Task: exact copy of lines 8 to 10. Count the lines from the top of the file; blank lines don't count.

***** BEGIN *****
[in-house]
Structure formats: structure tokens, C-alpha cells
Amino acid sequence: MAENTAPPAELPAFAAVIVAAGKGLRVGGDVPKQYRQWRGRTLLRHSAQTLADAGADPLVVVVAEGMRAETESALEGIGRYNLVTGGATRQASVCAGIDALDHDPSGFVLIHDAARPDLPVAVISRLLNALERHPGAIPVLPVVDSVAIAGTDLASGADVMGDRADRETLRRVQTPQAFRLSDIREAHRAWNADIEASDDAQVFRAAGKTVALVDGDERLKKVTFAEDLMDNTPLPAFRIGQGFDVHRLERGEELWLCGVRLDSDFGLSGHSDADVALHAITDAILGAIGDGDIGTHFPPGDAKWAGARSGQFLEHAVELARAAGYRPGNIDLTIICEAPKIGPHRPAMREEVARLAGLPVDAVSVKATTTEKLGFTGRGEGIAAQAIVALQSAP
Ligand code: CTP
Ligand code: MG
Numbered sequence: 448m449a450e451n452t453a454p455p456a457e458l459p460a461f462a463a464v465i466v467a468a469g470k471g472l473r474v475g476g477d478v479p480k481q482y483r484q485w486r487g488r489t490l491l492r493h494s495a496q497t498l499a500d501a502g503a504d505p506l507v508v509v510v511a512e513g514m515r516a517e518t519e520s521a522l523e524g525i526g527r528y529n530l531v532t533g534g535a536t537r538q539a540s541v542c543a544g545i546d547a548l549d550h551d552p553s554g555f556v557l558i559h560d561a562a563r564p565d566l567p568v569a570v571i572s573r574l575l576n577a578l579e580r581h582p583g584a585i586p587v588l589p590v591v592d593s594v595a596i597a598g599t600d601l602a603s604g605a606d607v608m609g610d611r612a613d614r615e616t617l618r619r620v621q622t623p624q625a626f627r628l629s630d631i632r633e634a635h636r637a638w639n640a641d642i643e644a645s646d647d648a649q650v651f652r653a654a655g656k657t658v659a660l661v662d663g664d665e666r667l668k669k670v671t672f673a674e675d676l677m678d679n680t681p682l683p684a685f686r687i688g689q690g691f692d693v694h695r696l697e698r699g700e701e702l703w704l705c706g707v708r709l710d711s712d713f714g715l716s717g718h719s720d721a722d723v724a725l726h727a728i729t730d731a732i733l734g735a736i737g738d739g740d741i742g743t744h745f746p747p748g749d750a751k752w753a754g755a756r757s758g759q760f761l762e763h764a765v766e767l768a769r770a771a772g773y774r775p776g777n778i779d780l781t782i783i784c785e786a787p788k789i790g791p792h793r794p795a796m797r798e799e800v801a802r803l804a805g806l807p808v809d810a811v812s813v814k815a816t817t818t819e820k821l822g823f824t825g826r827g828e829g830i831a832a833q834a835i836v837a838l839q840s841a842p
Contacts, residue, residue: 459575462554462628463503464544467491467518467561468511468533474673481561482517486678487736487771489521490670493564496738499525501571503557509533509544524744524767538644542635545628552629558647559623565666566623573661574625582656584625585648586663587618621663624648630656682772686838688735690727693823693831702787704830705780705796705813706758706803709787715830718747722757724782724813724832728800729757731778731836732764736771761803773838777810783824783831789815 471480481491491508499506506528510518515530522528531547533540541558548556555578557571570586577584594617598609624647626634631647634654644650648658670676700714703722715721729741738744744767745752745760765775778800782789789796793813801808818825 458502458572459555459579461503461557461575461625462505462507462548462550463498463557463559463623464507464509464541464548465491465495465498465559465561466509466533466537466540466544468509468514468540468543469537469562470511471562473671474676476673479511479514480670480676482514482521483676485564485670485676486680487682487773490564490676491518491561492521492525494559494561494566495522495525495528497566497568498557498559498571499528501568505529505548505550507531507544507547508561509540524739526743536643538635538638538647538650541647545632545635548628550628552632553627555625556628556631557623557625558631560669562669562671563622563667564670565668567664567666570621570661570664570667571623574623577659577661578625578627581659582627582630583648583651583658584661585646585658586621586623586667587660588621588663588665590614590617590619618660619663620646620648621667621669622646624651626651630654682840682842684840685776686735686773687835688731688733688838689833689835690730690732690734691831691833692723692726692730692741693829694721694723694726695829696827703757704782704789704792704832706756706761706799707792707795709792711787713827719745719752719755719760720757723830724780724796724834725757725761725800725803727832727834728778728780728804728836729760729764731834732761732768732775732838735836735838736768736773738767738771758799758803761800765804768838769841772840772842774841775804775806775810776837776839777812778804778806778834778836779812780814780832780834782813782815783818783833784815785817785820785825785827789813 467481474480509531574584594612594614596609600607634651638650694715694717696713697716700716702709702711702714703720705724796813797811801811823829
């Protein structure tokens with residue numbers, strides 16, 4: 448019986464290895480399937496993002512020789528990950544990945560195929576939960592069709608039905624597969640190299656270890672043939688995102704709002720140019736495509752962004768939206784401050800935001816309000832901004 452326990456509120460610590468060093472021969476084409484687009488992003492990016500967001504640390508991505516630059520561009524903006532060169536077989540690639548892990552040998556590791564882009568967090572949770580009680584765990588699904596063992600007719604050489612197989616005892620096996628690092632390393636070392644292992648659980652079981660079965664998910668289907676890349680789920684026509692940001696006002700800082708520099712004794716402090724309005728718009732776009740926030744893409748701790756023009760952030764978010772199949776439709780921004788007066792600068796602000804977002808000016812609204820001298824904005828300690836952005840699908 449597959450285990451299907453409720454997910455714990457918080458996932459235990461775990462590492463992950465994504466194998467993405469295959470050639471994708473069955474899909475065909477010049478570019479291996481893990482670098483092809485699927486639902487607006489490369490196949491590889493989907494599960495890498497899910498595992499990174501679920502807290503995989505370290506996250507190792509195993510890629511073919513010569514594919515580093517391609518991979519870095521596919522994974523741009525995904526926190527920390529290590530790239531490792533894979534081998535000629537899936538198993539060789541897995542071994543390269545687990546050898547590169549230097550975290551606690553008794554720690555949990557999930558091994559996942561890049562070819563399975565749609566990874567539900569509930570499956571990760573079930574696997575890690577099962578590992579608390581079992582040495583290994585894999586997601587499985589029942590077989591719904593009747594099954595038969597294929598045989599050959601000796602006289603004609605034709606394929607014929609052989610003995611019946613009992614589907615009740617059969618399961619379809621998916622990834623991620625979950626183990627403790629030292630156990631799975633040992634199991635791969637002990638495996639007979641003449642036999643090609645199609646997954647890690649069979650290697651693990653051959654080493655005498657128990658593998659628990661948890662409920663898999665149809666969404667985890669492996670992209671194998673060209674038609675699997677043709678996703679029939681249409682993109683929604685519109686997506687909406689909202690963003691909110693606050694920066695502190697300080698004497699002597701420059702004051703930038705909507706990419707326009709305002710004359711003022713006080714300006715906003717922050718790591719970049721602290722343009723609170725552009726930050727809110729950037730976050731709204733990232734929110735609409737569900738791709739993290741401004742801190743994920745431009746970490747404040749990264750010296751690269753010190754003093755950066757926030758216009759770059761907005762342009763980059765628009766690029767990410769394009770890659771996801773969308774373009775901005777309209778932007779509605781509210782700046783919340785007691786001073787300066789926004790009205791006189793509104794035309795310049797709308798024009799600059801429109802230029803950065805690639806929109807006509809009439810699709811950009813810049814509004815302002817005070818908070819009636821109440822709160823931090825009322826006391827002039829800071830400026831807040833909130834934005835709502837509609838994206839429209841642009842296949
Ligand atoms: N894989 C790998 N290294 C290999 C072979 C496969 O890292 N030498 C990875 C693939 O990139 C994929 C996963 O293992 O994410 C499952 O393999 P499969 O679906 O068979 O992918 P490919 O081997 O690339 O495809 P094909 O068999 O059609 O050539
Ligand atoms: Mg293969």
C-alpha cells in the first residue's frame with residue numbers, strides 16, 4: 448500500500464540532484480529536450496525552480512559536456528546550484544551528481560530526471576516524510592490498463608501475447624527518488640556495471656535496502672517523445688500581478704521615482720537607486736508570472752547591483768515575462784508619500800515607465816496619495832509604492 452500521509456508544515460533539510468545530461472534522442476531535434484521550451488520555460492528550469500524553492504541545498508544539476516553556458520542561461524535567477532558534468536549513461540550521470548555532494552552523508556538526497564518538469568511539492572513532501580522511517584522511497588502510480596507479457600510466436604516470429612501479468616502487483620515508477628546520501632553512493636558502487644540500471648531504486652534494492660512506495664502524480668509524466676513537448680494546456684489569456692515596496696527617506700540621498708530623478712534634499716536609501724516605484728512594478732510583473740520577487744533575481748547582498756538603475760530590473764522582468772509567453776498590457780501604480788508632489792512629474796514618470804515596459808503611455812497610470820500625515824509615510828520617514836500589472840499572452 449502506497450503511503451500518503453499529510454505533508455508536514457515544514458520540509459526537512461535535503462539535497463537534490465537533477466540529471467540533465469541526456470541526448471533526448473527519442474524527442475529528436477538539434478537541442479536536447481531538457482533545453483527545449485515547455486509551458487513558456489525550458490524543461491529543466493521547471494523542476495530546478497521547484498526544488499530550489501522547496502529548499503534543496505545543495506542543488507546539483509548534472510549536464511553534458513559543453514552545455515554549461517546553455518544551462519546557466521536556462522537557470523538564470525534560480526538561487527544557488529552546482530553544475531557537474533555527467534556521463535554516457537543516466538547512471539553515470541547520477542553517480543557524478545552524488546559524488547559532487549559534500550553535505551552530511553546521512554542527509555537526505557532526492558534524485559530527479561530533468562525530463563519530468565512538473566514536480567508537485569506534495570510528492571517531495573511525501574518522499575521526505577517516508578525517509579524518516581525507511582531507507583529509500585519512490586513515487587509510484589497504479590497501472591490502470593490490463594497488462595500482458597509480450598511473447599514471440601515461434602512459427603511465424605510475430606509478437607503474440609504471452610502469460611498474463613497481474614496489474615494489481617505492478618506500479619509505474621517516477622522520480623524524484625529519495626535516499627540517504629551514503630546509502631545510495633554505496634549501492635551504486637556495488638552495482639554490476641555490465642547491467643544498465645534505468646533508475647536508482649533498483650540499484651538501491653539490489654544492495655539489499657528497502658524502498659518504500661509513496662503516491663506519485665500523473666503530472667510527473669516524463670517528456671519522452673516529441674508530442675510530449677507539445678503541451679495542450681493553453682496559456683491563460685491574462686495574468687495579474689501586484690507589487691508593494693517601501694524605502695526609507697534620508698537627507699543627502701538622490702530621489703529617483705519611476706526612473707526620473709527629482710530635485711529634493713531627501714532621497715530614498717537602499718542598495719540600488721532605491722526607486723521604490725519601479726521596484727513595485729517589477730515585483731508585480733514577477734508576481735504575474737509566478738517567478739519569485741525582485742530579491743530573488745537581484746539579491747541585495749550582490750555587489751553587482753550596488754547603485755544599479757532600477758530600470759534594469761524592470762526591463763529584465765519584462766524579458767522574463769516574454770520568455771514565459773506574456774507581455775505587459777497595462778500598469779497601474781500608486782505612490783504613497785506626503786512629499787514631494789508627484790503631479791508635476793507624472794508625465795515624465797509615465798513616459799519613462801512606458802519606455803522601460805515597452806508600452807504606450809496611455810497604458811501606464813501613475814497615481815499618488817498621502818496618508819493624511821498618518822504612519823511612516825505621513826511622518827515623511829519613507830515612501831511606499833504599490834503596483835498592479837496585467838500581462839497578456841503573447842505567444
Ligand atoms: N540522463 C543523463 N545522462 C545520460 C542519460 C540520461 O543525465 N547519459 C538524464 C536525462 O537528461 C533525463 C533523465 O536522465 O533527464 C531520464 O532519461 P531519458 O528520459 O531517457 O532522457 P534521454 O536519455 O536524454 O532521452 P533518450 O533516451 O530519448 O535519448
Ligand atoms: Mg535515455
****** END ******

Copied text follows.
């Protein structure tokens with residue numbers, strides 16, 4: 448019986464290895480399937496993002512020789528990950544990945560195929576939960592069709608039905624597969640190299656270890672043939688995102704709002720140019736495509752962004768939206784401050800935001816309000832901004 452326990456509120460610590468060093472021969476084409484687009488992003492990016500967001504640390508991505516630059520561009524903006532060169536077989540690639548892990552040998556590791564882009568967090572949770580009680584765990588699904596063992600007719604050489612197989616005892620096996628690092632390393636070392644292992648659980652079981660079965664998910668289907676890349680789920684026509692940001696006002700800082708520099712004794716402090724309005728718009732776009740926030744893409748701790756023009760952030764978010772199949776439709780921004788007066792600068796602000804977002808000016812609204820001298824904005828300690836952005840699908 449597959450285990451299907453409720454997910455714990457918080458996932459235990461775990462590492463992950465994504466194998467993405469295959470050639471994708473069955474899909475065909477010049478570019479291996481893990482670098483092809485699927486639902487607006489490369490196949491590889493989907494599960495890498497899910498595992499990174501679920502807290503995989505370290506996250507190792509195993510890629511073919513010569514594919515580093517391609518991979519870095521596919522994974523741009525995904526926190527920390529290590530790239531490792533894979534081998535000629537899936538198993539060789541897995542071994543390269545687990546050898547590169549230097550975290551606690553008794554720690555949990557999930558091994559996942561890049562070819563399975565749609566990874567539900569509930570499956571990760573079930574696997575890690577099962578590992579608390581079992582040495583290994585894999586997601587499985589029942590077989591719904593009747594099954595038969597294929598045989599050959601000796602006289603004609605034709606394929607014929609052989610003995611019946613009992614589907615009740617059969618399961619379809621998916622990834623991620625979950626183990627403790629030292630156990631799975633040992634199991635791969637002990638495996639007979641003449642036999643090609645199609646997954647890690649069979650290697651693990653051959654080493655005498657128990658593998659628990661948890662409920663898999665149809666969404667985890669492996670992209671194998673060209674038609675699997677043709678996703679029939681249409682993109683929604685519109686997506687909406689909202690963003691909110693606050694920066695502190697300080698004497699002597701420059702004051703930038705909507706990419707326009709305002710004359711003022713006080714300006715906003717922050718790591719970049721602290722343009723609170725552009726930050727809110729950037730976050731709204733990232734929110735609409737569900738791709739993290741401004742801190743994920745431009746970490747404040749990264750010296751690269753010190754003093755950066757926030758216009759770059761907005762342009763980059765628009766690029767990410769394009770890659771996801773969308774373009775901005777309209778932007779509605781509210782700046783919340785007691786001073787300066789926004790009205791006189793509104794035309795310049797709308798024009799600059801429109802230029803950065805690639806929109807006509809009439810699709811950009813810049814509004815302002817005070818908070819009636821109440822709160823931090825009322826006391827002039829800071830400026831807040833909130834934005835709502837509609838994206839429209841642009842296949
Ligand atoms: N894989 C790998 N290294 C290999 C072979 C496969 O890292 N030498 C990875 C693939 O990139 C994929 C996963 O293992 O994410 C499952 O393999 P499969 O679906 O068979 O992918 P490919 O081997 O690339 O495809 P094909 O068999 O059609 O050539
Ligand atoms: Mg293969």